The Science Behind Meditation
How can mindfulness meditation help you?
For thousands of years, meditators have claimed many benefits for their practice. Our experience, and that of Headspace members, suggests that regular mindfulness practice, through meditation, is an effective treatment for stress, worry, lack of focus, relationship problems, addictions and more. It leads to peace of mind and wellbeing, greater focus and creativity and better relationships.
Now scientists are finding evidence supporting many of these claims. You can read about their discoveries by clicking on the topics shown above.
According to neuroscientists as you continue to meditate your brain physically changes, even though you’re not aware of it re-shaping itself.
Mindfulness meditation activates the ‘Rest and Digest’ part of our nervous system helping with stress management.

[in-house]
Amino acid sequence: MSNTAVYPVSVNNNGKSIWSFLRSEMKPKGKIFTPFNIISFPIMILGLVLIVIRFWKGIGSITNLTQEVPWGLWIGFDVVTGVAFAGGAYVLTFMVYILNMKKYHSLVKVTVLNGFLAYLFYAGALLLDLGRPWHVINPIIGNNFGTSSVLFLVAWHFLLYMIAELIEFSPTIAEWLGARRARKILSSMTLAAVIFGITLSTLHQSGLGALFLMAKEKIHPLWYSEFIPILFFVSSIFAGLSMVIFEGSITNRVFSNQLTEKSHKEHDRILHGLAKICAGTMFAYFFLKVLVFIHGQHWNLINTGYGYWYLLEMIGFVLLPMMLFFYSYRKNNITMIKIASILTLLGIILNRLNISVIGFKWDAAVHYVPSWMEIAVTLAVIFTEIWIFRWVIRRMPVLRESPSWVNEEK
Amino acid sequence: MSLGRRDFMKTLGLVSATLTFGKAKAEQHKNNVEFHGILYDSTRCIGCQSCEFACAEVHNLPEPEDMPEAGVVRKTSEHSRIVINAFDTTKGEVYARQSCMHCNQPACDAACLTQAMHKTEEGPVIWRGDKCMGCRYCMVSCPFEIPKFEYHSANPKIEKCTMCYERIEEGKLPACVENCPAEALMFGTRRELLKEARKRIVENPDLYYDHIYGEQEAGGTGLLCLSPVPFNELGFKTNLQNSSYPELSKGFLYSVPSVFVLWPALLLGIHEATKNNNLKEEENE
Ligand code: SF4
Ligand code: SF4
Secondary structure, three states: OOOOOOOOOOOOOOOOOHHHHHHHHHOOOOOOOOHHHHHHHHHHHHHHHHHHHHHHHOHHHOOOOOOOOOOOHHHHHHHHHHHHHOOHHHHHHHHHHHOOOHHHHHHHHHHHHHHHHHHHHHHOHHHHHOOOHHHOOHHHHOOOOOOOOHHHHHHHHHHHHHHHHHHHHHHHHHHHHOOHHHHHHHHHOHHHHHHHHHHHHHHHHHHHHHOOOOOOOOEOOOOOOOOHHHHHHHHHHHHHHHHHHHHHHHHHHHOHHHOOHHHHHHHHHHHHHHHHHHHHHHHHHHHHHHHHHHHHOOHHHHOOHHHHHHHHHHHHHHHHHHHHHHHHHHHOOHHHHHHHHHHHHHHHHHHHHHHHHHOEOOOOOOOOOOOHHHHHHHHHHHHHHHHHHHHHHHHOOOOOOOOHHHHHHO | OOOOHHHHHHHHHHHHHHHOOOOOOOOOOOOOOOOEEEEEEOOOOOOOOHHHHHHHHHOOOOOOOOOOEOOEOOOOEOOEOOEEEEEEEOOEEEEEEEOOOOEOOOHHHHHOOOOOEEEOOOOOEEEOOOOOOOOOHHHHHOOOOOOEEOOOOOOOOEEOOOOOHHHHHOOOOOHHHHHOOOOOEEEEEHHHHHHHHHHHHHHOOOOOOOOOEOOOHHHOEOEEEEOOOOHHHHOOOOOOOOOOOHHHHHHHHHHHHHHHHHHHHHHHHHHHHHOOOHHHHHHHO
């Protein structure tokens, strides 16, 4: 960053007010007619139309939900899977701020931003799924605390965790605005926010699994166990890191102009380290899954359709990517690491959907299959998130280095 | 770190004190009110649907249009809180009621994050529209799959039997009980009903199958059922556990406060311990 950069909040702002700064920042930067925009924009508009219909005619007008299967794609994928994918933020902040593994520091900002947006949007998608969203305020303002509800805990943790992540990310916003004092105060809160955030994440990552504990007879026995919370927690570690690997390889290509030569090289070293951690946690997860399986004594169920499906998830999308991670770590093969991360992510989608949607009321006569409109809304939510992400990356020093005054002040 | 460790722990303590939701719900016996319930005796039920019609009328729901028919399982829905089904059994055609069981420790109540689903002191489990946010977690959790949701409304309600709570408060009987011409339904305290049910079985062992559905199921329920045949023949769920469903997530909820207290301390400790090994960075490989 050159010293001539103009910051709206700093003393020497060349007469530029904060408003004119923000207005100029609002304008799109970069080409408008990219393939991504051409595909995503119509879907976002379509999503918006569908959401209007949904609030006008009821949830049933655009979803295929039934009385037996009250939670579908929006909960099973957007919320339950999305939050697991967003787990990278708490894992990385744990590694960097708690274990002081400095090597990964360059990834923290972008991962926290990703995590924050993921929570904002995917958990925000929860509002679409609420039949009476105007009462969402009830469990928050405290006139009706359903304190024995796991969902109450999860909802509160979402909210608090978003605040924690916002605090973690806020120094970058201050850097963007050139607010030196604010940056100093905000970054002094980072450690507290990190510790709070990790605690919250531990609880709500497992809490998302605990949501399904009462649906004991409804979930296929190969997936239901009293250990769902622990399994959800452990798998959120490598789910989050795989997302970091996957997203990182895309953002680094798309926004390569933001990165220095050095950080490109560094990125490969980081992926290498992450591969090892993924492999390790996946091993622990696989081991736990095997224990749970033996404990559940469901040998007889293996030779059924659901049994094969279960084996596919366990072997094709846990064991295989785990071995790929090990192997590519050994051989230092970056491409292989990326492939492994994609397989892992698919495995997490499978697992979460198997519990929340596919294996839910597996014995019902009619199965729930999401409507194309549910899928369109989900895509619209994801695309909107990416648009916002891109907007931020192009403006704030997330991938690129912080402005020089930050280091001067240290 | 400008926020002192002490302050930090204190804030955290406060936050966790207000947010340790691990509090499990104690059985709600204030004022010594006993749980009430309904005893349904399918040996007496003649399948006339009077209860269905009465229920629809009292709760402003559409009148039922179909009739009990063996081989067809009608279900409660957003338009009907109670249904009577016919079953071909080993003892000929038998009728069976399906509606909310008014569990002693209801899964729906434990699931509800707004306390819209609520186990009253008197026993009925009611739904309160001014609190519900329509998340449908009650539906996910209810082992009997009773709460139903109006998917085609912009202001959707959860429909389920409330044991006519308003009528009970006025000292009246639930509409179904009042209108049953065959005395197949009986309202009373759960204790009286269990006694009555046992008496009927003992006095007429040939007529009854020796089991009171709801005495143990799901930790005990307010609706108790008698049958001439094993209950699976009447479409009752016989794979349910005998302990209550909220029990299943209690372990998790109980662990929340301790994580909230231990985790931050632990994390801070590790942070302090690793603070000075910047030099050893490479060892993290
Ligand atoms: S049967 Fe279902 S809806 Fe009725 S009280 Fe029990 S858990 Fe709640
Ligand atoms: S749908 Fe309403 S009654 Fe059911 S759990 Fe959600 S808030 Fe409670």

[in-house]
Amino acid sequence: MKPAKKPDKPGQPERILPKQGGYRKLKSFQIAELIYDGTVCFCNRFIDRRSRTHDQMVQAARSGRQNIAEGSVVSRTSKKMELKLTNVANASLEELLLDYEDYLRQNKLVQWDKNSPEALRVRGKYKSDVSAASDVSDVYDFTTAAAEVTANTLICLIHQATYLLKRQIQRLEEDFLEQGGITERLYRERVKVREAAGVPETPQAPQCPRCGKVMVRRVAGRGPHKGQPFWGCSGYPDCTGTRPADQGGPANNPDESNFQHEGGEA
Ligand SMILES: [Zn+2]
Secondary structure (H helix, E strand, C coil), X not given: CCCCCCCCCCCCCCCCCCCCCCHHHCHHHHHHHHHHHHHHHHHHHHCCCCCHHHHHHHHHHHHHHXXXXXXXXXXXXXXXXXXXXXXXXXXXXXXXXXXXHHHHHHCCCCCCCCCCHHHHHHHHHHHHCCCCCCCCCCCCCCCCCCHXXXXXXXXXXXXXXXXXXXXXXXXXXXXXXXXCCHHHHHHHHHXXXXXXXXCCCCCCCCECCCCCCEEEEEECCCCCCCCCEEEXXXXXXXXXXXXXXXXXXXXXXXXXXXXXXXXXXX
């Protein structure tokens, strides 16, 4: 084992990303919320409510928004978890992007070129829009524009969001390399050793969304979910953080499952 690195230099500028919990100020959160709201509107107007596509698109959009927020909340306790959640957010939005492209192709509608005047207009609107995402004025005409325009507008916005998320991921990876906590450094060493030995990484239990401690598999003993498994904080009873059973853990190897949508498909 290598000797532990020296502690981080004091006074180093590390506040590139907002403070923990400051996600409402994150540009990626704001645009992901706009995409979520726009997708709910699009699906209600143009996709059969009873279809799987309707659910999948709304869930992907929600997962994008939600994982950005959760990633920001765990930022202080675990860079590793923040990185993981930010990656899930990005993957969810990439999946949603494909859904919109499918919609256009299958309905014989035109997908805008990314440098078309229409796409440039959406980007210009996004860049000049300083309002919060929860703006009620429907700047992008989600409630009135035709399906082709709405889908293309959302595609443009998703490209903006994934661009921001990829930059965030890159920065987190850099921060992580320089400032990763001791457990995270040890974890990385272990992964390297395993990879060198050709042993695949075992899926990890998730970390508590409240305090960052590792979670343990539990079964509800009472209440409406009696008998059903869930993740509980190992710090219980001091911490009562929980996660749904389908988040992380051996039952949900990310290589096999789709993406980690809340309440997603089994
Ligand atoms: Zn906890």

Research has found meditation to promote ‘Divergent Thinking’ a type of thinking that allows many new ideas to be generated.
Mindfulness also affects awareness and the filtering out of other mental processes during creative tasks.
Neuroscientists have also found that, after just 11 hours of meditation, practitioners had structural changes in the part of the brain involved in monitoring our focus and self control.
Researchers have found that, compared with the people who didn’t meditate, ‘those trained in meditation stayed on tasks longer and made fewer task switches’.
Research from 163 different studies suggested that mindfulness-meditation practice had an overall positive effect on improving anxiety and stress.
Research in people with clinical levels of anxiety has found that 90% experienced significant reductions in anxiety.
Research with married couples has found that increased mindfulness through meditation improved marital quality and communication.
Meditation can improve relationships with everyone you meet.
You become more comfortable with yourself, which makes it easier for others to get on with you, and you find it easier to accept them as they are.
What others are saying.
“Andy Puddicombe is doing for meditation what Jamie Oliver has done for food”
- New York Times